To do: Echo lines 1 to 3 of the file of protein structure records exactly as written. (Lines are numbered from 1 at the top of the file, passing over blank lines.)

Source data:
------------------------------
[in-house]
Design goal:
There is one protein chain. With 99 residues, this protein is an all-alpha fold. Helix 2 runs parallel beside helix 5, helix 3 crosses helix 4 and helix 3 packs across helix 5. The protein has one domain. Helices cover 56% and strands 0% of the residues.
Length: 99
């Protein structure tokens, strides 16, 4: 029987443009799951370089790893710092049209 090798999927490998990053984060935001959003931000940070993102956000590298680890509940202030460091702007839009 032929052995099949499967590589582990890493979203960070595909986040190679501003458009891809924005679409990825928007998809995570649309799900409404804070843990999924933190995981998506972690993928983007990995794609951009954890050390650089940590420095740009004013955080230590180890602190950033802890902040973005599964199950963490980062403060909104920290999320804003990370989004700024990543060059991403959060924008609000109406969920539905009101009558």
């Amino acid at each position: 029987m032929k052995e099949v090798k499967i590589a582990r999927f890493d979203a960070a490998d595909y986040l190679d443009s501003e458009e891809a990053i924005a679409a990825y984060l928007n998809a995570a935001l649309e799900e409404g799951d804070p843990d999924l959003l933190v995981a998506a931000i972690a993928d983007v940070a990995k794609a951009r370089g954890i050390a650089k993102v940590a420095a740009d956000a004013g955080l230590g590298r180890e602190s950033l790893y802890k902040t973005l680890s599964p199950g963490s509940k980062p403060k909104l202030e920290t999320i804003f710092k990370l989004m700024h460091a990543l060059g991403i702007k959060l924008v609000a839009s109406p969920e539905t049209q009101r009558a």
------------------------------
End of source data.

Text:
[in-house]
Design goal:
There is one protein chain. With 99 residues, this protein is an all-alpha fold. Helix 2 runs parallel beside helix 5, helix 3 crosses helix 4 and helix 3 packs across helix 5. The protein has one domain. Helices cover 56% and strands 0% of the residues.